Review Roundup: West Edge Opera's BREAKING THE WAVES; What Did The Critics Think?

Review Roundup: West Edge Opera's BREAKING THE WAVES; What Did The Critics Think?

The final opera of the season is the West Coast Premiere of Breaking the Waves by Missy Mazzoli and Royce Vavrek with performances on Saturday, August 10 at 8:30, Friday, August 16 at 8:30 and Sunday, August 18 at 3:00. Based on a film by Lars von Trier, Breaking the Waves has been hailed as one of the best new operas of recent years. The opera premiered in Philadelphia in 2016 and had subsequent performances in New York in 2017.

The new production is directed by West Edge General Director Mark Streshinsky and conducted by Music Director, Jonathan Khuner. In the central role of Bess McNeill will be soprano Sara LeMesh. Sara is a new music specialist performing with several groups in the Bay Area and recently wowed West Edge fans at our annual gala, singing excerpts of György Ligeti and George Crumb. In the role of Jan Nyman, we are thrilled to present baritone Robert Wesley Mason who created the role of Starbuck in Jake Heggie's Moby Dick, performing the role at San Francisco Opera as well as on the Great Performances telecast. Dodo McNeill, Bess' sister-in-law, will be performed by mezzo-soprano Kindra Scharich who last appeared with the company in Monteverdi's Il Ritorno d'Ulisse in Patria in 2015. Tenor Alex Boyer, who was Alwa in our Lulu in 2015, will be Dr. Richardson. The opera will be performed in English with English surtitles.

3-Opera series tickets are priced from $129 to $339. Series ticket holders enjoy priority seating and a discount as well as easy exchanges. Single tickets are priced at $19-$125. All tickets may be purchased online at or by calling (510) 841-1903 (with the exception of the $19 Bronze tickets, which can only be purchased online.)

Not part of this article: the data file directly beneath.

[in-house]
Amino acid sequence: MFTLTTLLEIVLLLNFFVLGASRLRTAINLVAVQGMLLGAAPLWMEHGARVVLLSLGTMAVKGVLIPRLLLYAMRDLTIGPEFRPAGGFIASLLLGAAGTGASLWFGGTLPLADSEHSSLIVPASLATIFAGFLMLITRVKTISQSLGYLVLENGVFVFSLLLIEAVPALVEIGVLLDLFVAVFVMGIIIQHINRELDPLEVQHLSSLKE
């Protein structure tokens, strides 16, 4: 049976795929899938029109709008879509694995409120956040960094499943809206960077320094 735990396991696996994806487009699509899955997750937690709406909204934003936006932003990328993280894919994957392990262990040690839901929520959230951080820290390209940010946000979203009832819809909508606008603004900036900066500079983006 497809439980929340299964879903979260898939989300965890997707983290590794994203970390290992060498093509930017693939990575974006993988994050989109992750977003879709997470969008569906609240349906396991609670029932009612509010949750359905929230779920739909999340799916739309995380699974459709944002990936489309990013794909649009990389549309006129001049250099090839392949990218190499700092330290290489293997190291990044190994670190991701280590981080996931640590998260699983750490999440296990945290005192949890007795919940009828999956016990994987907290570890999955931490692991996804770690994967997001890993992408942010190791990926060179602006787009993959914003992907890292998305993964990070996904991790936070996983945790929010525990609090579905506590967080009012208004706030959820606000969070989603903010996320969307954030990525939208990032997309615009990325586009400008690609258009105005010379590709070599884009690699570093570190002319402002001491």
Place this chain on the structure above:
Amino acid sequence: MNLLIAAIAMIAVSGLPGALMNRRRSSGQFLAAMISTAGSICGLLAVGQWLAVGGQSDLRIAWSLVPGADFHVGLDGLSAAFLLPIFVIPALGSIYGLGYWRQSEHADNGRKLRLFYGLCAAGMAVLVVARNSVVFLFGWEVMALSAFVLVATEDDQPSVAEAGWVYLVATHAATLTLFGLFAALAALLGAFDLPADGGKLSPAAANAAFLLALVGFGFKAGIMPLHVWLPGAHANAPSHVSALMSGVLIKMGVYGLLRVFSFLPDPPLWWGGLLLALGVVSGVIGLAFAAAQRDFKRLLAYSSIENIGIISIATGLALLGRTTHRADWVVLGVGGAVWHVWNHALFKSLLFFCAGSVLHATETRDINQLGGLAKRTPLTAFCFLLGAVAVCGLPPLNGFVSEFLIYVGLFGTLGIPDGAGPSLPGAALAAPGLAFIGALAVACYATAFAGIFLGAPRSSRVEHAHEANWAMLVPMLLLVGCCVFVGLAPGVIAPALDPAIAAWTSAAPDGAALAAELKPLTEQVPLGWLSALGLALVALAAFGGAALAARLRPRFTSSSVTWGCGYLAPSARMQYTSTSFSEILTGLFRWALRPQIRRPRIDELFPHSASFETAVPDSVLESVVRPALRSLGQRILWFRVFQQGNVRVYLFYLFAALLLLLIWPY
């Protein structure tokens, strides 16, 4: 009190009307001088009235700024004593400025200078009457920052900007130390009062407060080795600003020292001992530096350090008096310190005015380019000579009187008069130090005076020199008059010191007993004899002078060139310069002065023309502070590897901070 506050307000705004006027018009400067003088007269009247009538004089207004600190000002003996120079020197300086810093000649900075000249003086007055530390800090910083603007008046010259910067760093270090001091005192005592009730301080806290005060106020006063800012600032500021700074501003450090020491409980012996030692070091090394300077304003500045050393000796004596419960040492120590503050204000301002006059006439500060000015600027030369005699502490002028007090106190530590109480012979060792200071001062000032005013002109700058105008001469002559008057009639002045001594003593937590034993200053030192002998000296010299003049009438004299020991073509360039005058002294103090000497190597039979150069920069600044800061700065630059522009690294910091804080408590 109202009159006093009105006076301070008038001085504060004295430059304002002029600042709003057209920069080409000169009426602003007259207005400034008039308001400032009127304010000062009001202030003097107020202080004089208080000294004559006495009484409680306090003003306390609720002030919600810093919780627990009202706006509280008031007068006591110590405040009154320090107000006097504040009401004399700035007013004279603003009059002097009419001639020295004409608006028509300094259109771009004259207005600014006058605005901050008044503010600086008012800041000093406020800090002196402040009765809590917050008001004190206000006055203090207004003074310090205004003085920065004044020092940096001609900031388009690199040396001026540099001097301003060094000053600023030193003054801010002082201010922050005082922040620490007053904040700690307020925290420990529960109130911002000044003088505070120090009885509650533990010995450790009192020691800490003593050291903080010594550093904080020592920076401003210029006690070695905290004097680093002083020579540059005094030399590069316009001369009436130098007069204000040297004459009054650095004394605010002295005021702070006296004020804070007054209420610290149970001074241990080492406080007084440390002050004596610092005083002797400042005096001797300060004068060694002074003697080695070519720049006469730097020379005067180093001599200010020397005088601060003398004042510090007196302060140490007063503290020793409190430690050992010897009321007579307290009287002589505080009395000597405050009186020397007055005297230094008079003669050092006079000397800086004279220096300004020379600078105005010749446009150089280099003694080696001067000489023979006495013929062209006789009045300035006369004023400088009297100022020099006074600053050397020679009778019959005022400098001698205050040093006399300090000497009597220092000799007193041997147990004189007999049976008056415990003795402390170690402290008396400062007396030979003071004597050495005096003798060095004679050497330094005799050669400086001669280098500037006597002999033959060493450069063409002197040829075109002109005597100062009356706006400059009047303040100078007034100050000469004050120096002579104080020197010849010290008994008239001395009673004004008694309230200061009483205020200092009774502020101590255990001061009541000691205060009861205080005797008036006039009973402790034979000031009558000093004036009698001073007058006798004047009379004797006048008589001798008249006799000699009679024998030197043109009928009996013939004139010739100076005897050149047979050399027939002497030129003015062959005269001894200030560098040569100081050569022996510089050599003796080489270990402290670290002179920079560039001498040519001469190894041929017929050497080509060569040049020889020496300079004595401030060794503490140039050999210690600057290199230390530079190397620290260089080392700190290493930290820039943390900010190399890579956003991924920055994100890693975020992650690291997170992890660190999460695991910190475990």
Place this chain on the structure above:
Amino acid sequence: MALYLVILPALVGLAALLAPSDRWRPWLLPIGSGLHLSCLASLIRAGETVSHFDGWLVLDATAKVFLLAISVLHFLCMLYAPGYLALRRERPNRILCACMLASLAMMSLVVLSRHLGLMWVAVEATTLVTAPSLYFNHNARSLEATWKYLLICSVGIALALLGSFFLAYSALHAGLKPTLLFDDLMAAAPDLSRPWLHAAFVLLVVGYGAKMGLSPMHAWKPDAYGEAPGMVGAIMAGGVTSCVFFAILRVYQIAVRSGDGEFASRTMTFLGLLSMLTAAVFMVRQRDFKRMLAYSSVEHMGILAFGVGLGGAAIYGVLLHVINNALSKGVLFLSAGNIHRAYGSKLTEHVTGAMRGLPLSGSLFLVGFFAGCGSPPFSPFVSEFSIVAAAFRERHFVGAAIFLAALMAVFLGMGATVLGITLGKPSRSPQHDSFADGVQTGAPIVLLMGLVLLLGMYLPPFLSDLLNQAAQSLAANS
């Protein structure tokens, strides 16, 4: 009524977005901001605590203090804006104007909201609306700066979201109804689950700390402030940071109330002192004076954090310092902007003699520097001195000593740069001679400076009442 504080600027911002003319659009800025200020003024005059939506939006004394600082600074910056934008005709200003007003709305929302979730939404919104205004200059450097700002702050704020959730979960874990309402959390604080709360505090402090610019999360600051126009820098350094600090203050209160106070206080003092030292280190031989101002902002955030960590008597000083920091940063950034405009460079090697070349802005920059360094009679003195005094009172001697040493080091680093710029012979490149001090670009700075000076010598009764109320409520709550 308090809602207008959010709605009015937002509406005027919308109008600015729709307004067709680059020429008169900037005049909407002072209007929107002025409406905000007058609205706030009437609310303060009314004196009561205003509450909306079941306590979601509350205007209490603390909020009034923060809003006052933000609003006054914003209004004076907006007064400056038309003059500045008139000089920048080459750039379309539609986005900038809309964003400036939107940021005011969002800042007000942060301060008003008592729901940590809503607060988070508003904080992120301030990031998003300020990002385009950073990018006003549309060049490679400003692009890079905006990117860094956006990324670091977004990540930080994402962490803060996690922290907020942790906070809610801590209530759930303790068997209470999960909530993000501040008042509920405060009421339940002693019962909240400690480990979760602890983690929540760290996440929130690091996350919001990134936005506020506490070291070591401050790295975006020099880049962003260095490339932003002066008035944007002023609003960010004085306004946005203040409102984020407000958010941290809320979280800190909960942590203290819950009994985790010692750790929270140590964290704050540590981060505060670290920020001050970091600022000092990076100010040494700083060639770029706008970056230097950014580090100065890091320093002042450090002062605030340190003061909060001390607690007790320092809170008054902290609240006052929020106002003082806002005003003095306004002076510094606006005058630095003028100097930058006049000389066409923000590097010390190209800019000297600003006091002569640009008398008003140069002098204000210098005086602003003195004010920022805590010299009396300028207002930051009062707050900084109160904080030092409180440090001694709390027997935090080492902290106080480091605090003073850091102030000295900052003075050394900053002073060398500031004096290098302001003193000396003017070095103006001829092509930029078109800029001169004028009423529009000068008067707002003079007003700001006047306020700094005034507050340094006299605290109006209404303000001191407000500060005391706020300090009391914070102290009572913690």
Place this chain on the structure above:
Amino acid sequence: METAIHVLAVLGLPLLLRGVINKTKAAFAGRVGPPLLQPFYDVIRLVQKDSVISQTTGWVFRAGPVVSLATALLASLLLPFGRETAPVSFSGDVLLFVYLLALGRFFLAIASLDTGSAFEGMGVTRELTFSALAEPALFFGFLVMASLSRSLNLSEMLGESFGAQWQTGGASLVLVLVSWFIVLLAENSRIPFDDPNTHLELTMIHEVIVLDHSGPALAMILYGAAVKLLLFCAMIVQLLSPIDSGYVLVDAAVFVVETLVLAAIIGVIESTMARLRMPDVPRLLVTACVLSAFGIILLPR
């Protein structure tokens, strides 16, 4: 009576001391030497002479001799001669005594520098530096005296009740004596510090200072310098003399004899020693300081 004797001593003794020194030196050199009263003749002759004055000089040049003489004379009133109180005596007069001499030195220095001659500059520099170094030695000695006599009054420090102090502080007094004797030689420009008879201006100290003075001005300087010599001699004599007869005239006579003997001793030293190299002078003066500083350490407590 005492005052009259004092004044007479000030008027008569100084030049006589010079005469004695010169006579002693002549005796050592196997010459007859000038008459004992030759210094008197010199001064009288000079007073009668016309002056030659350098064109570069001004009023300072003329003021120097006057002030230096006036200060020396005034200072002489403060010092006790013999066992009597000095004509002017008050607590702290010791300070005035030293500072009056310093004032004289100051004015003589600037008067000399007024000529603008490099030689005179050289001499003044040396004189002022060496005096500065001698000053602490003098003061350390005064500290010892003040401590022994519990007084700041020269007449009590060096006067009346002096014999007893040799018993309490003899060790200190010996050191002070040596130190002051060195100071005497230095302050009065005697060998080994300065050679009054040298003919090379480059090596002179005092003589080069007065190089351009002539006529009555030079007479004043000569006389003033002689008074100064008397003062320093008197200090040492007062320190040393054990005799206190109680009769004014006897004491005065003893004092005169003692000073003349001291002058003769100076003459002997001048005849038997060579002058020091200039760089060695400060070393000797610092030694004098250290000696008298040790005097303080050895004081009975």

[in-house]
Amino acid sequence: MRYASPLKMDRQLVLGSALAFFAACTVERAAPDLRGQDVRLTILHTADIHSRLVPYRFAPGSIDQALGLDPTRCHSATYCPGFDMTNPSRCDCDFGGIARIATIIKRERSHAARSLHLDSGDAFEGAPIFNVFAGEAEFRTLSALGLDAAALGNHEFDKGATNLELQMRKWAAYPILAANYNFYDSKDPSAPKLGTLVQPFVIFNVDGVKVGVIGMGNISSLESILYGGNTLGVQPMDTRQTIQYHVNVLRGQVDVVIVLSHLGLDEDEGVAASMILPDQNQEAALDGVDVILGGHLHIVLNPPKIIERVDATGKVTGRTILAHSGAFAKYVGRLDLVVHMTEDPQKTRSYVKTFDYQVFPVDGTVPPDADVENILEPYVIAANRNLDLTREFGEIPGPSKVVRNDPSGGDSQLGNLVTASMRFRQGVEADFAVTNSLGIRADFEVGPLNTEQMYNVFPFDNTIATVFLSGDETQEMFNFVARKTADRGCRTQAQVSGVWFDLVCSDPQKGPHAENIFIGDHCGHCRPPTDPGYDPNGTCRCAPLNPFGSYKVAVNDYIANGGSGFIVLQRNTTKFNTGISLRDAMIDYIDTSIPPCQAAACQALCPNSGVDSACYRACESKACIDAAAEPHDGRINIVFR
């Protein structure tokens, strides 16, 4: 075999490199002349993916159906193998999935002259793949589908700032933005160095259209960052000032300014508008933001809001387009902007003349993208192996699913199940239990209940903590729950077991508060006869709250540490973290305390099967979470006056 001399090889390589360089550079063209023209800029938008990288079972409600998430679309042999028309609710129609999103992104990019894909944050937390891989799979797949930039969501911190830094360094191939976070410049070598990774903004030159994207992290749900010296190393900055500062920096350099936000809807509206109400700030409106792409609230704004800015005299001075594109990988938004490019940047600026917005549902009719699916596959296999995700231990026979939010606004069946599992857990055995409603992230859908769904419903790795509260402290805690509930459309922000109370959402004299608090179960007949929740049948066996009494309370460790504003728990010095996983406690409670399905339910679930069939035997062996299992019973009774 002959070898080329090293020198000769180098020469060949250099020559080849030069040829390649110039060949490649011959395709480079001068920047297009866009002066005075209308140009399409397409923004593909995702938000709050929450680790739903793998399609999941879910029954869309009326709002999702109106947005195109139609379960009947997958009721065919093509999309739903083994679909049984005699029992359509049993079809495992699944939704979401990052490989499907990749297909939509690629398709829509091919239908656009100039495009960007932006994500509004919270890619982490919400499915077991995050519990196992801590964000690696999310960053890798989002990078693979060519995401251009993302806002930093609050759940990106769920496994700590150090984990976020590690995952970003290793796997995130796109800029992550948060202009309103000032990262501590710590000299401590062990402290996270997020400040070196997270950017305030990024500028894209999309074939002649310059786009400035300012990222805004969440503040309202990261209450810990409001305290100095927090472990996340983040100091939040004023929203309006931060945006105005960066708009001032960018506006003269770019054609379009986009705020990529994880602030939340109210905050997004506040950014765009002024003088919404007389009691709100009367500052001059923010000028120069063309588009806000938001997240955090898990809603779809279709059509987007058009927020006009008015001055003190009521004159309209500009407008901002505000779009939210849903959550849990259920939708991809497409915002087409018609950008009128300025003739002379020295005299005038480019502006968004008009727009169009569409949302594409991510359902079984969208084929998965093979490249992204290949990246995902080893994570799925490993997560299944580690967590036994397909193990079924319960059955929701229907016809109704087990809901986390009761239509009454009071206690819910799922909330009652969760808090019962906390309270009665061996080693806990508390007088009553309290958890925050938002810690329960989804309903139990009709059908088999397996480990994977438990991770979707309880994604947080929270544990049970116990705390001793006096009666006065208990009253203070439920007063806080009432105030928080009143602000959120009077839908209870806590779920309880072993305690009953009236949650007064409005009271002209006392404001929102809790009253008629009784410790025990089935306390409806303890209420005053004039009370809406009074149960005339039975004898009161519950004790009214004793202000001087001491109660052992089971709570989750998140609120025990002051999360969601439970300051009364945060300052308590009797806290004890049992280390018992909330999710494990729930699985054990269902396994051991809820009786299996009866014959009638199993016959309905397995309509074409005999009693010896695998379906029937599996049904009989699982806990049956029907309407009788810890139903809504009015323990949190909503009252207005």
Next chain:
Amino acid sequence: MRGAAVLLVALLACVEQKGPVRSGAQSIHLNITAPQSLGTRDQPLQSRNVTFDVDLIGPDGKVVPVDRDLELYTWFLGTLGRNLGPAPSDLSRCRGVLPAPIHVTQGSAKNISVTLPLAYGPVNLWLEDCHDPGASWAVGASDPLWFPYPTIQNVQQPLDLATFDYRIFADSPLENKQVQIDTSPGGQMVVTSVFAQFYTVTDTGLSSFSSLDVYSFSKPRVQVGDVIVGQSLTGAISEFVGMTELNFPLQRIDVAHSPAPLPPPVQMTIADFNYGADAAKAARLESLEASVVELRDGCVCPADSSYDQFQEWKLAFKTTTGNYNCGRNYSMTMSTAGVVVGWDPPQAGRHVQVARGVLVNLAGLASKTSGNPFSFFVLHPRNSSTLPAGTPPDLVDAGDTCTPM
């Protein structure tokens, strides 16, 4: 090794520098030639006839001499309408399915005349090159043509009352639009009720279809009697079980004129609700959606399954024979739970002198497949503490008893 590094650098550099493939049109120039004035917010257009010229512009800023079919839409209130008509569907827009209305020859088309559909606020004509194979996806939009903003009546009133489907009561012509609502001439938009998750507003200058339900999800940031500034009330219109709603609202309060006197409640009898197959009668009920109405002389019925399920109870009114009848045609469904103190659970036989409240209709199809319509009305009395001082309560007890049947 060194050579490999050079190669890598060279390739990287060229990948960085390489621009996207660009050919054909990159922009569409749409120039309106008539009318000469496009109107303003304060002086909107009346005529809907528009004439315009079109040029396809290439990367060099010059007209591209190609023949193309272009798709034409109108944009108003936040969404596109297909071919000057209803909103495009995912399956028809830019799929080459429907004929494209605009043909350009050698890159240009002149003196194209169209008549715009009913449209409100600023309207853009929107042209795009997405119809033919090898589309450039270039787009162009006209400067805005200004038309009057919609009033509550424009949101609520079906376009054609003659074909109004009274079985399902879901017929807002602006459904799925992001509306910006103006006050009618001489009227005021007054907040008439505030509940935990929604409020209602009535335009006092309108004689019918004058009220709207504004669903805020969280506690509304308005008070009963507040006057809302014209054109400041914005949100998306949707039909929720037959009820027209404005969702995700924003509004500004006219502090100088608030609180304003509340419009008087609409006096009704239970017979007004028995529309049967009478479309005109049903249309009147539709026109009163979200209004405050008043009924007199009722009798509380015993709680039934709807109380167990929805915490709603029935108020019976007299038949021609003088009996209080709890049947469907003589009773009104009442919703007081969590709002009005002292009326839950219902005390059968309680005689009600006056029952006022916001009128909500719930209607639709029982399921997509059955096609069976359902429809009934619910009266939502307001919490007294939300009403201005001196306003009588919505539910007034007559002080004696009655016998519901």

A not-for-profit performing arts organization, West Edge Opera, formerly Berkeley Opera was founded in 1979 by Richard Goodman. Music Director Jonathan Khuner led the company from 1994-2009, when he was joined by Mark Streshinsky as Artistic Director, now General Director. West Edge Opera looks at the art form through a new lens, re-imagining tradition to connect with a modern audience and create innovative experiences of the highest quality that respect the original spirit of the work.

Let's see what the critics have to say!

Joshua Kosman, SF Chronicle: Mezzo-soprano Kindra Scharich sang with plush immediacy as Bess' loving sister-in-law, Dodo, and soprano Kristin Clayton combined implacable steeliness and tonal beauty as Bess's censorious mother. Alex Boyer's lovely tenor lent poignancy and charm to the role of the English doctor who tends to both Jan and Bess, and there were fine contributions as well from Brandon Bell as Jan's co-worker and from Spencer Dodd as the patriarchal head of the church. The male chorus - looming, ominous, slipping in and out of Mazzoli's sepulchral harmonies - was excellent.

Steven Winn, SF Classical Voice: Like von Trier's controversial film, the operatic version of Breaking the Waves is frank about its subject matter. There's sexual violence, some nudity and euphemism-free dialogue. But there's nothing sensational or exploitive in any of it. Bess and Jan's phone-sex scene, for example, is so realistically done and musically terse that the listener feels both the power and limitations of fantasy in sex and human relations more broadly.

The Opera Tattler: The rest of the cast supported LeMesh well, nearly all the characters have many different sides and get to portray a range of emotions. From baritone Wes Mason, whose Jan is heartbreaking, to tenor Alex Boyer who plays Dr. Richardson with convincing sensitivity. Bass-baritone Brandon Bell is much needed comic relief as Jan's friend Terry in Act I, and shows a gentler side in Acts II and III. Soprano Kristen Clayton is imposing as Bess' mother Mrs. McNeill, but her love for her daughter is clear in the end. Most impressive is mezzo-soprano Kindra Scharich (pictured with Sara LeMesh, photograph by Cory Weaver) as sister-in-law Dodo McNeill. Her tender warmth and sturdy voice is persuasive.

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